It’s Like Asking Out the Quarterback, Who’s Dating the Head Cheerleader

**Focus your eyes here–stop looking at Chris. Okay, now that you’ve watched him sixteen times, I have a HUGE, IMPORTANT ANNOUNCEMENT –This post is little analogy that came to me. I’m not complaining and I don’t want anyone to think I’m falling apart over here or anything. Okay, commence the fun.**

This is what I mean… Back to the fun. SMILE. I am.

Deep breath. This is a long-ish analogy.

In December, I  queried FOR THE LOVE for the first time. Before I did that, though I had to write a query letter. I can’t even begin to tell you how many times I reworked my query. I have friends who can’t put a number on it, either. {They’ve earned a place in heaven, for it, too.}

My best guess would probably be about 50, over the span of two years. TWO YEARS. Hi, 2013.

I sent out four queries that month. That’s not a lot, I know , but it was a super busy time of year and several of the agents I wanted to query, were closed to them over the holidays. Out of those four, I received two, personal rejections in less than 24 hours. I was shocked, delighted, bummed–all at the same time. In some ways, that first rejection email is a right of passage, and I was thrilled to have it. It meant I was on the path; I’m putting myself out there. Knowing the process is completely subjective, I didn’t sweat or cry and continued on my merry way.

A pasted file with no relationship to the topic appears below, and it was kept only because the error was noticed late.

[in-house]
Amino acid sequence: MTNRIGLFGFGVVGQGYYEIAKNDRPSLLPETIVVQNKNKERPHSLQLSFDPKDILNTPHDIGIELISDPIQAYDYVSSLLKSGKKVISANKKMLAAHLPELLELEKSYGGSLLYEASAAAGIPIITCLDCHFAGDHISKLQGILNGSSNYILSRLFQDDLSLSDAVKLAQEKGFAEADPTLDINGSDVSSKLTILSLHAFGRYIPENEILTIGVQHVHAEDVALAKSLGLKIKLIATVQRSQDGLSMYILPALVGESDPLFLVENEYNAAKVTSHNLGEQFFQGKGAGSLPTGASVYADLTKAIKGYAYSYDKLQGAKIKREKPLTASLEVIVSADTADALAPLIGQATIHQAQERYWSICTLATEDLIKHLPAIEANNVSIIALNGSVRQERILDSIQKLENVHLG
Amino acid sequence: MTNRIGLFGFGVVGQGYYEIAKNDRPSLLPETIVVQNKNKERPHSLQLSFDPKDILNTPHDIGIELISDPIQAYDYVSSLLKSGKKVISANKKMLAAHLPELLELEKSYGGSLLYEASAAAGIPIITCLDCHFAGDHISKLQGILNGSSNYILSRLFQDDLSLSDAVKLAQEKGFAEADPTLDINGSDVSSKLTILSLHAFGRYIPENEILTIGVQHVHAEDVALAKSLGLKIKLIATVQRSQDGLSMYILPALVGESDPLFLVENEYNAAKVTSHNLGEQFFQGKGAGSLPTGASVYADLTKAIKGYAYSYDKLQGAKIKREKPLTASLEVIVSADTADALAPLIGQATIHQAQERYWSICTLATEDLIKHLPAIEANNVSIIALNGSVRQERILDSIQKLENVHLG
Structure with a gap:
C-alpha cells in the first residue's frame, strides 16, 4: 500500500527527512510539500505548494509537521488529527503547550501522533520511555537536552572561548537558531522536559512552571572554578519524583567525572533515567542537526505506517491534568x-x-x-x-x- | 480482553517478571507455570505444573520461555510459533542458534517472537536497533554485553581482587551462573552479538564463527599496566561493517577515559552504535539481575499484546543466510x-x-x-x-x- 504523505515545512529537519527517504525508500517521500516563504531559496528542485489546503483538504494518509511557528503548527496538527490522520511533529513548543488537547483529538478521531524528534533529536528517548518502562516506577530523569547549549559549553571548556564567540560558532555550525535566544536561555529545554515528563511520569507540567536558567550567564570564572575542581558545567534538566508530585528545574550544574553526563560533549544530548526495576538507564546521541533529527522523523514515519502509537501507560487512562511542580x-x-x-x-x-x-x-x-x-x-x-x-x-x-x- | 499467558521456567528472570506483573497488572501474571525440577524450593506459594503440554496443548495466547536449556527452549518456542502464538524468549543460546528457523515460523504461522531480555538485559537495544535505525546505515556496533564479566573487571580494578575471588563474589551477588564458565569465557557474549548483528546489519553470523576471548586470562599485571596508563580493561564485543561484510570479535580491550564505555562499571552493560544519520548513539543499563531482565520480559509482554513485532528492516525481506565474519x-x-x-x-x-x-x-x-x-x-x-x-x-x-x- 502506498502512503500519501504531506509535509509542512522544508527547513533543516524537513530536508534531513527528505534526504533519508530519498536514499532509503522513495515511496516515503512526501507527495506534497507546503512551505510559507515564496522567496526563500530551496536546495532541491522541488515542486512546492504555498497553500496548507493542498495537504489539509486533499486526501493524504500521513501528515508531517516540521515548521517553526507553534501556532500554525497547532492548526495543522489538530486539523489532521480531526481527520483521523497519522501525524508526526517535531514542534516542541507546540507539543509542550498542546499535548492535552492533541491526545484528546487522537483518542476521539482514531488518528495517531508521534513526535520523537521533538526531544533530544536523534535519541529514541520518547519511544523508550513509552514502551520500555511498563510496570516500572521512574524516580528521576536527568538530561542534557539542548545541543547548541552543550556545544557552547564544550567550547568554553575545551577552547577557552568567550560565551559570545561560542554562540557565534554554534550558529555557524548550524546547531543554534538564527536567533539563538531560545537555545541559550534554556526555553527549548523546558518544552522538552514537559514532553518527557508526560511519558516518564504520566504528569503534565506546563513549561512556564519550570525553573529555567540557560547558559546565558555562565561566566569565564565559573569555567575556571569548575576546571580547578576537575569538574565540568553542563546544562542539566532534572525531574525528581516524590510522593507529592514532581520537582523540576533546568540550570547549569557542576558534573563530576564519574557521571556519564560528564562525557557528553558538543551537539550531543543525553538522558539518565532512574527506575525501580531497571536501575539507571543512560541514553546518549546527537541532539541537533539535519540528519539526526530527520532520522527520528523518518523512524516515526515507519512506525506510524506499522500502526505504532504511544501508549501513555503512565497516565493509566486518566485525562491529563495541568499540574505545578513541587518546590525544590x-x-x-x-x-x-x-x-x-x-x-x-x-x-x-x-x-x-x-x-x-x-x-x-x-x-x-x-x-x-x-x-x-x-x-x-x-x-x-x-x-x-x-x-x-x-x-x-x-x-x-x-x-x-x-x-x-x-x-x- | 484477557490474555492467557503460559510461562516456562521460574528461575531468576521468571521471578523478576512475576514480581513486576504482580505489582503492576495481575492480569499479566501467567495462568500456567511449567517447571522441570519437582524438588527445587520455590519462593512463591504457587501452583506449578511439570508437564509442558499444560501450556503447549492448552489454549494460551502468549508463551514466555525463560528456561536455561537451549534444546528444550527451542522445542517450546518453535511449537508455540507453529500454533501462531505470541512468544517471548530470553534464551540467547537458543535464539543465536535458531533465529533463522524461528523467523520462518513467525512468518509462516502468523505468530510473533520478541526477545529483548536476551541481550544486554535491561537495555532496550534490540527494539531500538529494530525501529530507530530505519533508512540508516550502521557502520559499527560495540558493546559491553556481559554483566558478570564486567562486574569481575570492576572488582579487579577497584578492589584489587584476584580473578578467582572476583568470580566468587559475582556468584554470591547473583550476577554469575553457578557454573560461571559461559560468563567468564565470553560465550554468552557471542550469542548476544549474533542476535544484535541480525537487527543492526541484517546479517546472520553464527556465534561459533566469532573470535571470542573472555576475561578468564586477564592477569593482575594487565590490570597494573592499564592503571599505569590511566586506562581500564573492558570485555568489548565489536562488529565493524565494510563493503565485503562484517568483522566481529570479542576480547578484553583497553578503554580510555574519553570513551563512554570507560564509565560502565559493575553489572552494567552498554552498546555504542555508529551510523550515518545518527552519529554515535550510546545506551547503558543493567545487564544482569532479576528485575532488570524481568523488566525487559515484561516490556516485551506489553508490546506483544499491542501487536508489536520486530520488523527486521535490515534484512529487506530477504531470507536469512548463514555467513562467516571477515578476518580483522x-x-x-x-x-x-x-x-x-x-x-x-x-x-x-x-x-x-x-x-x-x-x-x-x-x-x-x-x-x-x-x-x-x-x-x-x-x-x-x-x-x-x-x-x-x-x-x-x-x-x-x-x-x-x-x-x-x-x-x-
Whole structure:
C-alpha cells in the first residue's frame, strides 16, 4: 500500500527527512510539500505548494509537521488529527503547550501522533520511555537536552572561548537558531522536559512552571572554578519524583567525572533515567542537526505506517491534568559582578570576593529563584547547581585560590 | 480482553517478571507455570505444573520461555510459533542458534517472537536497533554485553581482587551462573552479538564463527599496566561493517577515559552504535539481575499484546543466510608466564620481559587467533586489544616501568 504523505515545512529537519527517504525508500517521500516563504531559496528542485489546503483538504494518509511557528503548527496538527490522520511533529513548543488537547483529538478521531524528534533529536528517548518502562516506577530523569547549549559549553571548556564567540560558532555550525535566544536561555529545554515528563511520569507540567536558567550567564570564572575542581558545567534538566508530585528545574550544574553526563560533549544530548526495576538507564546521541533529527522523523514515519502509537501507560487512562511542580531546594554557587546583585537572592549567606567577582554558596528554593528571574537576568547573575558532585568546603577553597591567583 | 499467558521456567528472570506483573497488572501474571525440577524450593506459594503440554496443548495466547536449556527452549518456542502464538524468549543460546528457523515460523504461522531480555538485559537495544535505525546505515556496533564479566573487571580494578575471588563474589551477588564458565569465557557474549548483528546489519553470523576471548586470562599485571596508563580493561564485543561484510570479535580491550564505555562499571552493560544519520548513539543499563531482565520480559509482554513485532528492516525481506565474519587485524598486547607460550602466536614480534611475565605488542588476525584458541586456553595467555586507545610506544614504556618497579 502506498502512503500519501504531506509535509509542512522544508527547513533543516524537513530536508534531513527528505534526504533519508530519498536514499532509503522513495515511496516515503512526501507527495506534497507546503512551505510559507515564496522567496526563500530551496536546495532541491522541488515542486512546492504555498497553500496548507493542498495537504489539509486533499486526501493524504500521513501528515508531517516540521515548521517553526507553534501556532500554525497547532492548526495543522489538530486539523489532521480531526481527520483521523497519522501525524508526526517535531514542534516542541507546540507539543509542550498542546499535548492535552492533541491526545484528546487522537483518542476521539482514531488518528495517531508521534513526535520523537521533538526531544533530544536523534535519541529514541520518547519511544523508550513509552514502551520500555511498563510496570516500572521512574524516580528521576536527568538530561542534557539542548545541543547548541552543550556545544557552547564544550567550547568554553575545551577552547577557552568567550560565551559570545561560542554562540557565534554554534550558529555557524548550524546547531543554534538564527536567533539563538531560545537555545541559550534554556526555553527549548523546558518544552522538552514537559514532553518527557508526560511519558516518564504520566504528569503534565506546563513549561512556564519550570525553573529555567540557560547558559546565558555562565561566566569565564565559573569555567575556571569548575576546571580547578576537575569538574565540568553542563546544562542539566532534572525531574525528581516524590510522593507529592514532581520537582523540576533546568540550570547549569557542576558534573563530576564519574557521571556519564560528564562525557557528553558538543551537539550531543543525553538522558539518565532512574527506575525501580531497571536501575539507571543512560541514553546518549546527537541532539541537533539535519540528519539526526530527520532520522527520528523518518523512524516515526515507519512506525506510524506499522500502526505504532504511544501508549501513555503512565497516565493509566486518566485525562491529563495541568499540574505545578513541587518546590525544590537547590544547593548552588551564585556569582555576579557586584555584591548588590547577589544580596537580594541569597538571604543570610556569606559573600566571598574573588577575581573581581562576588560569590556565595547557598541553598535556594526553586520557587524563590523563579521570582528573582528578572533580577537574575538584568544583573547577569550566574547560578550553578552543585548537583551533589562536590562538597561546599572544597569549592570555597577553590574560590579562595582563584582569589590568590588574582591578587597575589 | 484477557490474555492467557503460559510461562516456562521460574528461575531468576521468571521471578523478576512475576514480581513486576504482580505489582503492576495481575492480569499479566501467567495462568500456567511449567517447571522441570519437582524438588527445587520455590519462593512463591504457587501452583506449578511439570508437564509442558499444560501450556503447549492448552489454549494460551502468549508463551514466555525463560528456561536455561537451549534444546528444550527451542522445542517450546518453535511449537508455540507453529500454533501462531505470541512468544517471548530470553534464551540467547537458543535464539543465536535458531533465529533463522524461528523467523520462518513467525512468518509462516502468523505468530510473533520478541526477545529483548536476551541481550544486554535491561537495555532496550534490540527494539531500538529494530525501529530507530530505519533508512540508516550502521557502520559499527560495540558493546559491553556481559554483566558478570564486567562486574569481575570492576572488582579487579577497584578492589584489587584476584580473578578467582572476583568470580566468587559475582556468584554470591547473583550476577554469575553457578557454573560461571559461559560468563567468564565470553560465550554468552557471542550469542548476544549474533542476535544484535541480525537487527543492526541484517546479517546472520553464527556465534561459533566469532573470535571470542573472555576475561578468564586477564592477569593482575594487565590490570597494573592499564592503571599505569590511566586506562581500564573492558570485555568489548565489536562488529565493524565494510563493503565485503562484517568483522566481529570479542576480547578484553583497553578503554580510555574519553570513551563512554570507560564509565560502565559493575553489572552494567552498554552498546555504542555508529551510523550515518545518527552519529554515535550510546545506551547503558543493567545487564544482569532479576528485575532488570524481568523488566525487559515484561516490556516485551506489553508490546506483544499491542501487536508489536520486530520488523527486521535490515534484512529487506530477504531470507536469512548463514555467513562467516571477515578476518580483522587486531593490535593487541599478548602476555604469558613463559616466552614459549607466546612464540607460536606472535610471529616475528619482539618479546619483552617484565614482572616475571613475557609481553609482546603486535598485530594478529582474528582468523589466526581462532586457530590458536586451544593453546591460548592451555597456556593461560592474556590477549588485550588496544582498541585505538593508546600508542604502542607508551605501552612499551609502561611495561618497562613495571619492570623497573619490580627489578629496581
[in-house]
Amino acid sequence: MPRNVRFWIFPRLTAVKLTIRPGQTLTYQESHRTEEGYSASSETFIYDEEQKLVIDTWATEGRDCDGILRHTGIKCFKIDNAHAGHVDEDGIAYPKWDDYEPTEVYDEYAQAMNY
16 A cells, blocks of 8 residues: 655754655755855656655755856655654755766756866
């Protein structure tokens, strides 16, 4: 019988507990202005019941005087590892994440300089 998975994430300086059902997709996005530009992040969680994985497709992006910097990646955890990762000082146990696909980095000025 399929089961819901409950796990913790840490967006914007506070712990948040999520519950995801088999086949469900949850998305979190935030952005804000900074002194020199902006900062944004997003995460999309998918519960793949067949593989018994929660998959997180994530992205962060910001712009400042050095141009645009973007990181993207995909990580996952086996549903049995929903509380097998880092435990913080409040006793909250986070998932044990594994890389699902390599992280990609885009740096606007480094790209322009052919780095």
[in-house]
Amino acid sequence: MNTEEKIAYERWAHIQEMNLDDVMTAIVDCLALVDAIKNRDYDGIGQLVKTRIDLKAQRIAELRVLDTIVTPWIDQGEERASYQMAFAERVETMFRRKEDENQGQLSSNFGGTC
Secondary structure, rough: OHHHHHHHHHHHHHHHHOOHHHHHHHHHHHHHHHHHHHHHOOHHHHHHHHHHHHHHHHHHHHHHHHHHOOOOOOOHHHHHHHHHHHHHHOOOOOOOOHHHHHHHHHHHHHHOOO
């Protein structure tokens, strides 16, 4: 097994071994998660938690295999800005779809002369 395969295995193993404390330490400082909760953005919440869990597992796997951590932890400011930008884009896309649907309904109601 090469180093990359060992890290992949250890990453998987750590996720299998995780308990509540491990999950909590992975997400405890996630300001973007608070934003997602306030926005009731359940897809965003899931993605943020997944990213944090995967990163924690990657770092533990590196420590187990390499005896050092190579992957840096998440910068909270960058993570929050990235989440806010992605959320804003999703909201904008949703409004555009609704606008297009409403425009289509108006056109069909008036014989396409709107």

(I’ve never heard from the other two, but again, that’s not uncommon.)

After those personalized, kind rejections I wanted to email them back and say, “thanks for saying no so nicely.” But I resisted.

Peggy Eddleman jumped on board when I asked for her help in reworking my query. Peggy and I met at a writing retreat in November, and because she’s so gracious and awesome and kind, and knew who I was, she said yes. Though I swear, at the next retreat, I’m not going to write as much, and spend a little more time conversing with those at the party. The main reason I asked her was because she’s teaching  on the art of query letters at the upcoming 2015 LDStorymakers Conference. Thing is, I needed to glean from her wisdom right away, too impatient to wait until May.

I reworked the query with Peggy’s help, and bounced the query off others before sending it out again.

Since then, I’ve had two more responses that have left me feeling two very different things.